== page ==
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How Do You Know If Working at Home is Right for You?

Apr 1, 2008
I love working at home. The flexibility is a delight, and even the rough times are pretty good. But it is most definitely not for everyone, not even for all the people who think they want to work from home.

The single biggest challenge for many people is how easy it is to procrastinate. Even people who have been working at home for years can suddenly find it hard to resist this urge. If you aren't going to be serious about your work, however, you aren't going to make it in the work at home world.

How do you know if you have a chance?

Success rarely comes easily to those who work at home. It is, after all, work. Often hard work. So start out by thinking about how well you work without someone watching over you. Are you self motivated or do you need someone telling you to get to work?

An early test is how you do when figuring out what it is you want to do to earn money from home. Commit yourself to a schedule for that and see how it goes. The more serious you are about figuring out what it is you want to do from home, the more time it may take you to investigate your options properly... unless you already know what you're going to do of course.

If you find yourself procrastinating from the start, work hard on breaking that habit immediately. It slows down your path to success, and can keep you from succeeding at all.

Have you talked to your family about it?

Working from home without family support makes succeeding even more difficult. The trouble is that most people know about all the scams associated with it, not about the many very real possibilities to earn a decent amount of money. Then again, sometimes family members just resent the time it takes.

It's not just the family members in your household that can be at issue. Parents, in-laws, siblings and so forth can be just as unsupportive and make you question what you are doing. While the support of those you actually live with is most important, other opinions can drag you down.

It's important that you talk about expectations for your efforts with those who are most impacted by what you are doing. If you're going to be staying up late or getting up early to get work done, your family needs to understand. If you're going to need quiet time at other hours, once again you will need them to understand. If it's going to take away from your former free time, the reasons once again will need to be discussed.

While some people do succeed despite others in their family insisting that they're going to fail or just generally being unsupportive, it is much more difficult. If you want to work from home you should make an effort to get that support.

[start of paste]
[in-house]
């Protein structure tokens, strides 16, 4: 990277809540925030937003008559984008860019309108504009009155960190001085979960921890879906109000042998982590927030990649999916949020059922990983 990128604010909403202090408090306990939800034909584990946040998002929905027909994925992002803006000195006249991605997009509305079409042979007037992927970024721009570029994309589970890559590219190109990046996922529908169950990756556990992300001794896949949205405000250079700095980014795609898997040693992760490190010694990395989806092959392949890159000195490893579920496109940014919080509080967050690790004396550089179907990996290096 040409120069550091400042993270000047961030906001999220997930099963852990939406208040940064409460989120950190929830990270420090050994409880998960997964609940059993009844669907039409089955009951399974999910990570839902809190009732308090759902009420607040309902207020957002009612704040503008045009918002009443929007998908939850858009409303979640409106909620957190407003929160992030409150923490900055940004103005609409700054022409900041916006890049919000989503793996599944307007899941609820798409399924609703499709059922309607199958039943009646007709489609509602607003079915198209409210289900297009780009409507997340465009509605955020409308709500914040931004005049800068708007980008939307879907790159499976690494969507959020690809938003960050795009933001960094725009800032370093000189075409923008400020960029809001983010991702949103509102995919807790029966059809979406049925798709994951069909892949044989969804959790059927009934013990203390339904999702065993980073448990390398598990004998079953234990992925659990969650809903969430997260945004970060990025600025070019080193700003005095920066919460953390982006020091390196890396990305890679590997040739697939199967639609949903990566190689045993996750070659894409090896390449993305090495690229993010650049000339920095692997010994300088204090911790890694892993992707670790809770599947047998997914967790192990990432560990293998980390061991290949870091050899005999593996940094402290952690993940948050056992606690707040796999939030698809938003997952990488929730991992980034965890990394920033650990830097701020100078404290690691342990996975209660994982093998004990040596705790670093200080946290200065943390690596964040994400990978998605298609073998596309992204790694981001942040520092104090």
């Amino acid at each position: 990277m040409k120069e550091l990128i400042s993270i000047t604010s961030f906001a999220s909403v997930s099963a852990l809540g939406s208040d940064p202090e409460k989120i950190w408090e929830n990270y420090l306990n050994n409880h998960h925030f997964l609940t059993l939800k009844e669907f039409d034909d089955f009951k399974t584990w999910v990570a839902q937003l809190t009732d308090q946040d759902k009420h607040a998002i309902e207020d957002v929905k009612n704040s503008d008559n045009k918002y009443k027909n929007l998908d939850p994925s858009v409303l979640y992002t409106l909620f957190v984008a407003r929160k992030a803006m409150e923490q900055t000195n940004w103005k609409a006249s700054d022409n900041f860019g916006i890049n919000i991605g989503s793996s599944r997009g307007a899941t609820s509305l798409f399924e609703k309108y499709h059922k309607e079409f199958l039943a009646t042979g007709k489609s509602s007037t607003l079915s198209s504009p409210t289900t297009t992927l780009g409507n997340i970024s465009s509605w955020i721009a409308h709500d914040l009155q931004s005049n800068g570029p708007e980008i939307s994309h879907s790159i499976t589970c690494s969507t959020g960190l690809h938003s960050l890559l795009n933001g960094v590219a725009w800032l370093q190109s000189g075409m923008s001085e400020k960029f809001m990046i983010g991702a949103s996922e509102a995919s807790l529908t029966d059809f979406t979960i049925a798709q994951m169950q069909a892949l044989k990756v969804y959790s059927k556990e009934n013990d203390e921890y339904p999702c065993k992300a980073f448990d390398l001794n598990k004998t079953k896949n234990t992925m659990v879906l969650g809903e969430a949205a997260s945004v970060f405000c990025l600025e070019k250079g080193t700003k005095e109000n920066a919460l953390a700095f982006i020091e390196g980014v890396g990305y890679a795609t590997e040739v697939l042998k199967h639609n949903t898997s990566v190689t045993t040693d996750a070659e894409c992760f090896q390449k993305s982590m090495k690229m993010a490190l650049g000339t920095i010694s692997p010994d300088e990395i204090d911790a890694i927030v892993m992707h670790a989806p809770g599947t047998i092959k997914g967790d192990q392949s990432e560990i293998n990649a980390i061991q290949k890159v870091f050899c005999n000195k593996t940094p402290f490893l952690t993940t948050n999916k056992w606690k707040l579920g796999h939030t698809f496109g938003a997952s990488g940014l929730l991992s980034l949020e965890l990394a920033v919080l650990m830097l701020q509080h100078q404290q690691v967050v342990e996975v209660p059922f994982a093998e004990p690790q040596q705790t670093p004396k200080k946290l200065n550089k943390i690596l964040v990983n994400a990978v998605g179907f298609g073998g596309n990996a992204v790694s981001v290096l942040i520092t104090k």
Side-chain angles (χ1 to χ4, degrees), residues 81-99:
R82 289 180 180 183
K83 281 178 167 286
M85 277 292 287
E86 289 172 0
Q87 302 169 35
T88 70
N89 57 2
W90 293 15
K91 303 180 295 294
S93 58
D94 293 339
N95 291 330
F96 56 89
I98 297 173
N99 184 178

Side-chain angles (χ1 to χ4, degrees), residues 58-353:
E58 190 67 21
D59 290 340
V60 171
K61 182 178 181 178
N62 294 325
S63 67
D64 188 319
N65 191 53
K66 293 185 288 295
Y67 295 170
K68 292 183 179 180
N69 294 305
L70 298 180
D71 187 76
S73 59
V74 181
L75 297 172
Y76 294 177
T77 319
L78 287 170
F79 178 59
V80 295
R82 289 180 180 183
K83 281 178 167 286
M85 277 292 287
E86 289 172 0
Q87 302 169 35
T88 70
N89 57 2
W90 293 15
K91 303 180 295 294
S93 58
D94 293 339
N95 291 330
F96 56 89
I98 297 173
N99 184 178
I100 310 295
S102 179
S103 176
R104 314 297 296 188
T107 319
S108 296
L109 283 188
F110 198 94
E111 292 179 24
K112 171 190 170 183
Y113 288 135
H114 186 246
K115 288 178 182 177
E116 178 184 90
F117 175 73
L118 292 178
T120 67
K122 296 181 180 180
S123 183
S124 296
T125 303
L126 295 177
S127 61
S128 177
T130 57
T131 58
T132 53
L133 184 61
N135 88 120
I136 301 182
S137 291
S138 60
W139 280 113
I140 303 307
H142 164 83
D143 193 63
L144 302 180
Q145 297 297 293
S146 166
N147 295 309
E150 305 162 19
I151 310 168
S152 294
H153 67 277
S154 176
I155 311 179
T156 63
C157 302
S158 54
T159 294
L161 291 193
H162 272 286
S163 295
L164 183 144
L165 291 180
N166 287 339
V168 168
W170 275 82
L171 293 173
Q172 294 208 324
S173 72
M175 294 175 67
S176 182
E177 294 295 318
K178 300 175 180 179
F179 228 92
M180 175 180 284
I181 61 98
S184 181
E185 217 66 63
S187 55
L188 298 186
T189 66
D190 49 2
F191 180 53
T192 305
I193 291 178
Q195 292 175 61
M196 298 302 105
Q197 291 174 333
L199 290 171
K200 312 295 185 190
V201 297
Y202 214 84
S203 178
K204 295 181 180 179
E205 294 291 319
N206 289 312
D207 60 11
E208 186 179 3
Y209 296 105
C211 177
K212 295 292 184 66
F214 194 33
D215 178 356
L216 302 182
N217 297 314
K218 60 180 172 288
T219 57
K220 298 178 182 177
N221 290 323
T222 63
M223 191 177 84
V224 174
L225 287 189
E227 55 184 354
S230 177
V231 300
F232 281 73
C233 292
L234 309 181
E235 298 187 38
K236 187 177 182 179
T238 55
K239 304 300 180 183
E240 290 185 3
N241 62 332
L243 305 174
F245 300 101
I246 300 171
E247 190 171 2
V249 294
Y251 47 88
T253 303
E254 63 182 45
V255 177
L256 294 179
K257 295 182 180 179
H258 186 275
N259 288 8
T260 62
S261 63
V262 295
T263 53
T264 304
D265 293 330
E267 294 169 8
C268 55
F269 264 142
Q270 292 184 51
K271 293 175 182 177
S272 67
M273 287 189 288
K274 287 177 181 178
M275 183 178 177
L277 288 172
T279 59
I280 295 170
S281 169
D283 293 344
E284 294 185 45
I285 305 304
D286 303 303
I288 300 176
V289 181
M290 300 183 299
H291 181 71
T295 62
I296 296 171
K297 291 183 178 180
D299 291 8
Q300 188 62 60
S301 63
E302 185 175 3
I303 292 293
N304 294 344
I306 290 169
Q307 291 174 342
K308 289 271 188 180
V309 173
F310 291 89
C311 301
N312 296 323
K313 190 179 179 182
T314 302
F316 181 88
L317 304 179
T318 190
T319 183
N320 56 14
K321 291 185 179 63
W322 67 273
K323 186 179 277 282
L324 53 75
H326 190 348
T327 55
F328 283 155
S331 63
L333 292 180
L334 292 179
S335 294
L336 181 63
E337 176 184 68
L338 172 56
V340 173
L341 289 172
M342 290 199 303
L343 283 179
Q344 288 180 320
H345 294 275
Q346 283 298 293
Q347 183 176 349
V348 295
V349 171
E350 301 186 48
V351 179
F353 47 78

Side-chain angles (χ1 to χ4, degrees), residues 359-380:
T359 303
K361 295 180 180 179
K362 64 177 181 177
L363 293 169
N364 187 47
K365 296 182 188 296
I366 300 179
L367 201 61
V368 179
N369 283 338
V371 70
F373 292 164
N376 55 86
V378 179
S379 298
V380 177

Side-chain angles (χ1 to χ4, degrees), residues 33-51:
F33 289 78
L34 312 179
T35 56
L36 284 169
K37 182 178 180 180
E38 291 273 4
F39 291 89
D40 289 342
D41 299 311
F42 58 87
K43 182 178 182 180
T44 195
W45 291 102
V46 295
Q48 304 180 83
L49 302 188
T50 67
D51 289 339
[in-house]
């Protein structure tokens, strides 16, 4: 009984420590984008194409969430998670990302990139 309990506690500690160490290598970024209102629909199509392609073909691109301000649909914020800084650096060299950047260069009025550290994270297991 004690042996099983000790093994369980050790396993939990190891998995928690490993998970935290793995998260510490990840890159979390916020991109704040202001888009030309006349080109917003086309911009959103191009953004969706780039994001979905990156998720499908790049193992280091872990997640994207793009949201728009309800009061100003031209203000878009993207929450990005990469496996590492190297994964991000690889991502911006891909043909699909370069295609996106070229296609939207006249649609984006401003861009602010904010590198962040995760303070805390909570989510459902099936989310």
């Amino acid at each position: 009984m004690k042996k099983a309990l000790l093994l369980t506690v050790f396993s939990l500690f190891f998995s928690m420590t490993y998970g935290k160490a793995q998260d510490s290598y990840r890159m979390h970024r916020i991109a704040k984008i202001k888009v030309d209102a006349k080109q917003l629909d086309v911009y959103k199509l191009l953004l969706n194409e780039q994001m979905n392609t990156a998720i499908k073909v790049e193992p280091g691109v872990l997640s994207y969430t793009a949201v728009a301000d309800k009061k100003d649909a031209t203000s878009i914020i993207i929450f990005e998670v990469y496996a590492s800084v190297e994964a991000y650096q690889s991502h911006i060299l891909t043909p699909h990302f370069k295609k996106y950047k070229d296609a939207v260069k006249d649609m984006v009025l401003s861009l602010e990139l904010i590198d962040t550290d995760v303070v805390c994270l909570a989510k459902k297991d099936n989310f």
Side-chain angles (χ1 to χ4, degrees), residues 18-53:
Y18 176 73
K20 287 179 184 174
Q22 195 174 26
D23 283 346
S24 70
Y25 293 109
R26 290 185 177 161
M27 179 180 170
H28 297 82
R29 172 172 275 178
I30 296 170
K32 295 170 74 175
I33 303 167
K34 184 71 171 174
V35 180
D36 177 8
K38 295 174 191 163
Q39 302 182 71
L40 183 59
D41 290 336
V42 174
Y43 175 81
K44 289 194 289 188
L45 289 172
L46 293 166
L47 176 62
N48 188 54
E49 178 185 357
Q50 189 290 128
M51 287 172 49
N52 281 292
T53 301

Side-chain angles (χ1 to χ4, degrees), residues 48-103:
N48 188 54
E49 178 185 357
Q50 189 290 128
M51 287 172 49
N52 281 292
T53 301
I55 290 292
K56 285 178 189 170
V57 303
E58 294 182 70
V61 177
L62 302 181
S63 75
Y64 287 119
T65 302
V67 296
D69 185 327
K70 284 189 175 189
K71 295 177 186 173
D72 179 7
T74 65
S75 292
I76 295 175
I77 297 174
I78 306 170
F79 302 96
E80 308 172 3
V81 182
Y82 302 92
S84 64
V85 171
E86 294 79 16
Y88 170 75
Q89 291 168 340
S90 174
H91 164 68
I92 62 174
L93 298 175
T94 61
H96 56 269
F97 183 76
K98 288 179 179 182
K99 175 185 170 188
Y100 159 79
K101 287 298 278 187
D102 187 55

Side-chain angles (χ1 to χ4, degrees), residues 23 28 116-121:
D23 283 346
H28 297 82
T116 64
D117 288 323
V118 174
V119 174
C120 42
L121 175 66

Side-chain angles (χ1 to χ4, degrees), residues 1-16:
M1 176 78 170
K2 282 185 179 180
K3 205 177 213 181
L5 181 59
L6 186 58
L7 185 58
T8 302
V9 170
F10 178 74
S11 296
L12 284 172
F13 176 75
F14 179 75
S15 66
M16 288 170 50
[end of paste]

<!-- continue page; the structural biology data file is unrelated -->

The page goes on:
What are your expectations?

The prospect of working from home seems to fire up all kinds of dreams in people. Some think they ought to be earning $1000/day almost right from the start. I blame the many work at home scams plus the hype from those who do enjoy such wild successes for that.

Thank goodness many people have much more realistic expectations than that.

Your earning potential depends on many factors. The kind of work you will be doing. The effort you put into it. Sometimes even random luck plays a role. Some people chance upon that perfect niche right from the start while others search for years.

The trouble with expecting instant success isn't just that it puts your expectations too high. It also encourages people to bounce from opportunity to opportunity, without ever really giving things a fair chance to work out. How can you expect to succeed when you don't give yourself the time to do so?

Excessively high earnings expectations can lead you wide open to flat out scams or merely paying out too much money for information. It's easy to spend a lot of money on resources that will teach you many of the secrets, but if you're too eager for immediate success you're probably not going to take enough time to figure out which ones are legitimate or provide quality information, never mind actually putting the information to good use.

Taking the time to think before you start working at home can really improve your chances of success. There's no one right way to go about it, but there are many things to be wary of. If you take your time to find the right opportunity and to talk things over with family, you may find that you enjoy what you do tremendously for many years.
About the Author
Stephanie Foster runs http://www.homewiththekids.com/ as a resource for people who want to work at home. Get more ideas on how you can work at home at her site.
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